Teething Facts & Tips

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Teething occurs when the baby teeth start to erupt or break through the gums. The effects of teething is different for every child. Some babies breeze through cutting their teeth, while other babies experience discomfort. Here are a few important facts and tips about teething:

How do I know my baby is teething?

Teething typically starts around three months of age, or about two months before the first teeth appear.

Babies may exhibit some, or all, of these signs:

  • Fingers in the mouth
  • Increased drooling which can lead to a cheek rash
  • Acting fussy, irritable, or have difficulty sleeping
  • Loss of appetite
  • Mild fever
  • Discomfort or sensitivity of the gums

It is important to know that a high fever (101℉ or higher), diarrhea, cough, and vomiting are not signs of teething. If your baby is experiencing any of these symptoms, we recommend that you consult with your pediatrician.

Teething Chart

Eruption Chart for Baby Teeth

The first teeth to erupt are typically the bottom front teeth and they usually appear around six to eight months of age. All 20 baby teeth are typically present by the time the baby is 24-28 months.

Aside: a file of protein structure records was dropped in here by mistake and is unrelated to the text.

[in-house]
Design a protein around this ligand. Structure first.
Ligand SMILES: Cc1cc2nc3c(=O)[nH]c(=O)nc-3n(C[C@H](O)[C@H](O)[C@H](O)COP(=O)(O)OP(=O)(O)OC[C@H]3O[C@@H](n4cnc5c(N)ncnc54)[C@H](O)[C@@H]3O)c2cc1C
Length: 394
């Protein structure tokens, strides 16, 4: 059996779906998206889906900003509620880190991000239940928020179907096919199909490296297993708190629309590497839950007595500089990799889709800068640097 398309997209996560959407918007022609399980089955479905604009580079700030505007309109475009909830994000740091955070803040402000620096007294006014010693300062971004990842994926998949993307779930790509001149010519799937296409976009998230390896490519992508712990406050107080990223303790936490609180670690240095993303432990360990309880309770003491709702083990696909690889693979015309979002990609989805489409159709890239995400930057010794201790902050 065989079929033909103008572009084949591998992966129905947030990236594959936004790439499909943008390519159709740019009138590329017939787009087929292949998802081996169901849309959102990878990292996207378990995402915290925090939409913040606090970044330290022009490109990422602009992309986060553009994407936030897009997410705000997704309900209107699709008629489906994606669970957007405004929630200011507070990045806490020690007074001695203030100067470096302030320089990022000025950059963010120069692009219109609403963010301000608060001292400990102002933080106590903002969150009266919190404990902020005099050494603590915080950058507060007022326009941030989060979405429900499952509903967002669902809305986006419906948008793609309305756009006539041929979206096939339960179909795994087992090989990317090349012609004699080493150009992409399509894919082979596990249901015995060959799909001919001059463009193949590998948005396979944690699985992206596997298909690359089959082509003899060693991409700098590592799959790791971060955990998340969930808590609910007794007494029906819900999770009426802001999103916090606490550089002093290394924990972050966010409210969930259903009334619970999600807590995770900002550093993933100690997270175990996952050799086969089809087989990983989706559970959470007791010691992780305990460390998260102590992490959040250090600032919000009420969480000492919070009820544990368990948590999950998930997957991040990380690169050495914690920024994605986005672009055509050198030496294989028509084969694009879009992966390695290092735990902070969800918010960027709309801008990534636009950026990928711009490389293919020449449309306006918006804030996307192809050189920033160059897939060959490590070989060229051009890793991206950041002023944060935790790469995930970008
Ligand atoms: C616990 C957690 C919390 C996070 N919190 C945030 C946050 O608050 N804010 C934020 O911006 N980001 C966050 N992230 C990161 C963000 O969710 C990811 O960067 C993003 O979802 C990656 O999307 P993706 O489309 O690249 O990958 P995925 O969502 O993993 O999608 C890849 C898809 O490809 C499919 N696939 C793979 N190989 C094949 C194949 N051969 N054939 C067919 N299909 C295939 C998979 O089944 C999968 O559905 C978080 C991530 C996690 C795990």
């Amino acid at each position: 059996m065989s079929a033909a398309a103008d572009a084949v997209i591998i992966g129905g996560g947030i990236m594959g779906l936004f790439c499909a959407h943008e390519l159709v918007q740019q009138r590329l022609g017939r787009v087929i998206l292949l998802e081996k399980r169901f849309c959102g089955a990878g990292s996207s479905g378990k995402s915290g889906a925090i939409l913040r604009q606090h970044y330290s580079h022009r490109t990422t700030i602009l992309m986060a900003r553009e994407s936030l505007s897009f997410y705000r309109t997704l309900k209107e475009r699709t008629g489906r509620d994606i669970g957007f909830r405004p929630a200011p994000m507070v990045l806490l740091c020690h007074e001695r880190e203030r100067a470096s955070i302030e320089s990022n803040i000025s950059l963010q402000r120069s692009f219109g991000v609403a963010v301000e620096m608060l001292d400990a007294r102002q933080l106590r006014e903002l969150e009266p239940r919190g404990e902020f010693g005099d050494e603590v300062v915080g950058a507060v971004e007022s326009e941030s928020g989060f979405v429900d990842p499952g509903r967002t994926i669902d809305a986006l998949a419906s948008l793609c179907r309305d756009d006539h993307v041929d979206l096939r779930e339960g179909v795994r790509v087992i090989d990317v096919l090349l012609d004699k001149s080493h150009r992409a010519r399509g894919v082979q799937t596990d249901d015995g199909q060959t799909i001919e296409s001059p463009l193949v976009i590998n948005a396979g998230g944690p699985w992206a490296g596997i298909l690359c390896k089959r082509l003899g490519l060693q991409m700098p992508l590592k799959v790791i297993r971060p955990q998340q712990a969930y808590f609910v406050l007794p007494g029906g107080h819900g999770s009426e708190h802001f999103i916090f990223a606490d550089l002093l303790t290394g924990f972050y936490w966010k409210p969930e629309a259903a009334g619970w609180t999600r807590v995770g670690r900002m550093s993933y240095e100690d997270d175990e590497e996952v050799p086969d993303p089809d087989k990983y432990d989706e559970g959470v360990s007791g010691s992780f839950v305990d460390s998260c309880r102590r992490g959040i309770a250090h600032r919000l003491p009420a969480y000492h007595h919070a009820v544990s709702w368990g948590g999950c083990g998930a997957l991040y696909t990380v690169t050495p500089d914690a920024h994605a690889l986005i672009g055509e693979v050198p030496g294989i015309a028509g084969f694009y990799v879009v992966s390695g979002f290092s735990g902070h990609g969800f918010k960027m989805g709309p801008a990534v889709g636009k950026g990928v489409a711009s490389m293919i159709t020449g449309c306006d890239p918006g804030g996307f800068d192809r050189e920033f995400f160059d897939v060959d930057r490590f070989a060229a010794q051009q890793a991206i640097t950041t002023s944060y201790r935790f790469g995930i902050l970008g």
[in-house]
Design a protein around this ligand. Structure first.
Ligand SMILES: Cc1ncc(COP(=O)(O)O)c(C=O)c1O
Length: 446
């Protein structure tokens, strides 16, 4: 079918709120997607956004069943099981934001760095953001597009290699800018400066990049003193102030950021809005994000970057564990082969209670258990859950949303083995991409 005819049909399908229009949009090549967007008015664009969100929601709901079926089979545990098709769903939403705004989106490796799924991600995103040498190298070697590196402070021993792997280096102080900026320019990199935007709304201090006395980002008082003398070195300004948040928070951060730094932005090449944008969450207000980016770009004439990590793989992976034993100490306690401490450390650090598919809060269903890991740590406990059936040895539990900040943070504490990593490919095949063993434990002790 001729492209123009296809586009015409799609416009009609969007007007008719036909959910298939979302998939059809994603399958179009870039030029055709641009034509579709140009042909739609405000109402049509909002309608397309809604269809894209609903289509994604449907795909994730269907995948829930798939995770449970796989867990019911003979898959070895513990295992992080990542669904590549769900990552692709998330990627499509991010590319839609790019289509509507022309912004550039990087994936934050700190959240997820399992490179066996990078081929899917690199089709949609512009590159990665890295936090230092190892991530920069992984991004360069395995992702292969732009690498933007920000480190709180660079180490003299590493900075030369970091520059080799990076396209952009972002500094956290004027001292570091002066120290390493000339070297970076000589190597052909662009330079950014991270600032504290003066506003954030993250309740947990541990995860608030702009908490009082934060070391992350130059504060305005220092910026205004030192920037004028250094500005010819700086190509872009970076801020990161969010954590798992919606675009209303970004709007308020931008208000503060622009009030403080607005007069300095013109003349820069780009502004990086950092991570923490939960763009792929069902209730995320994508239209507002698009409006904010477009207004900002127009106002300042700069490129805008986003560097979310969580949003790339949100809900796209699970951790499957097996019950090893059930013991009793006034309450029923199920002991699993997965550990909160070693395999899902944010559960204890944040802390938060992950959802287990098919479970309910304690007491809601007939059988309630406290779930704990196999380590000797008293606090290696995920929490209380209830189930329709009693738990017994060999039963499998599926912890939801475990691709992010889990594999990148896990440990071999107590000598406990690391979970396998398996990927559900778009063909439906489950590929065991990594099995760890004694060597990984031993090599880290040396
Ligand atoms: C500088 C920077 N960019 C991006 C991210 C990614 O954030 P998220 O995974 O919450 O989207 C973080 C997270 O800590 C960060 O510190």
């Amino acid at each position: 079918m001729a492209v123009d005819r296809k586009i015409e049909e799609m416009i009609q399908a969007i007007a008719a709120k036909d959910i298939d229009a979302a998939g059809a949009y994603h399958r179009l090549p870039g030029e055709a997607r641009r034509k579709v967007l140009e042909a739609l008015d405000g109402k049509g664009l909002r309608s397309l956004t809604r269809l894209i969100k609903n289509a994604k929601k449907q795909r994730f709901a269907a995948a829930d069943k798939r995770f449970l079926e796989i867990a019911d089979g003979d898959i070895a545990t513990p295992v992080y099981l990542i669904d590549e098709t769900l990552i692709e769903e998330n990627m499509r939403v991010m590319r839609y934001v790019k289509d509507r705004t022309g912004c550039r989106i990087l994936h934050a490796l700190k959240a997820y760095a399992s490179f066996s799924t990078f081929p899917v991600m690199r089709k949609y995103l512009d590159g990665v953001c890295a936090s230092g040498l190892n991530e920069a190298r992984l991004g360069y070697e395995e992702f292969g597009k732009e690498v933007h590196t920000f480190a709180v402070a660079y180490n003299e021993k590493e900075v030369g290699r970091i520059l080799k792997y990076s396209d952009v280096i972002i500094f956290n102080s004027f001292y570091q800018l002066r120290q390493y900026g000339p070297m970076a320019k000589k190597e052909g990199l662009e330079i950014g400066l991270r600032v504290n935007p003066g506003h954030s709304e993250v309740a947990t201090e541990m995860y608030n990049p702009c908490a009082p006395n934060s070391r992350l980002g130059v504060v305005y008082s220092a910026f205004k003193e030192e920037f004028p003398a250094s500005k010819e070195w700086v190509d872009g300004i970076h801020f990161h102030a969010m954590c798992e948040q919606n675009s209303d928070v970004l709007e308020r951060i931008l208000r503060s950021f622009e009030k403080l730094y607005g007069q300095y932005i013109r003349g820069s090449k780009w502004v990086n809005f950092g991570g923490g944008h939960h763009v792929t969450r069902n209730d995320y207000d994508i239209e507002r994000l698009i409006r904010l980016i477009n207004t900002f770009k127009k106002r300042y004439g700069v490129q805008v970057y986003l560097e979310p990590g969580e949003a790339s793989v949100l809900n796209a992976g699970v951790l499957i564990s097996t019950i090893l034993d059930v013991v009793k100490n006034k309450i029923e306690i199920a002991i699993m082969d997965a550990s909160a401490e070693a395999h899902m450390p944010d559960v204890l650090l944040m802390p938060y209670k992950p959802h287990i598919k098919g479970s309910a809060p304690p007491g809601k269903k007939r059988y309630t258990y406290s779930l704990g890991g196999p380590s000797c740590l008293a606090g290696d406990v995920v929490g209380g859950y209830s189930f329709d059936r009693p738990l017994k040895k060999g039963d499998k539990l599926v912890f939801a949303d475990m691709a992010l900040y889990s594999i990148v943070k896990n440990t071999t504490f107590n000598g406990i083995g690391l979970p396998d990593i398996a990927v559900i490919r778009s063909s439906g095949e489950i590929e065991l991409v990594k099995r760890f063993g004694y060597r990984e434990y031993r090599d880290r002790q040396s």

Teething Tips

Massage the gums
Gently massaging the baby’s gums can help to relieve the discomfort and pain. You may think that massaging the gums will cause more discomfort, but the opposite is true, and a massage can provide some pain relief. To massage the gums, be sure that your finger is clean and use a cool, clean, damp, soft, washcloth.

Teething rings
Teething rings, that you can place in the refrigerator, will help to provide cooling relief to the baby’s gums as they chew.

Facial cream
Applying baby facial cream can help to soothe red cheeks that have been irritated by the drooling.

Numbing gels
Avoid numbing gels. The FDA cautions against the use of numbing gels as, in rare cases, it can cause a potentially fatal condition called methemoglobinemia that reduces oxygen to the baby’s bloodstream.

Pain medication
Pain medication should only be taken orally under the direction of your pediatrician. Proper dosage needs to be followed.

For more information about teething or other oral care questions, contact the team at Dr. Simon Pong.

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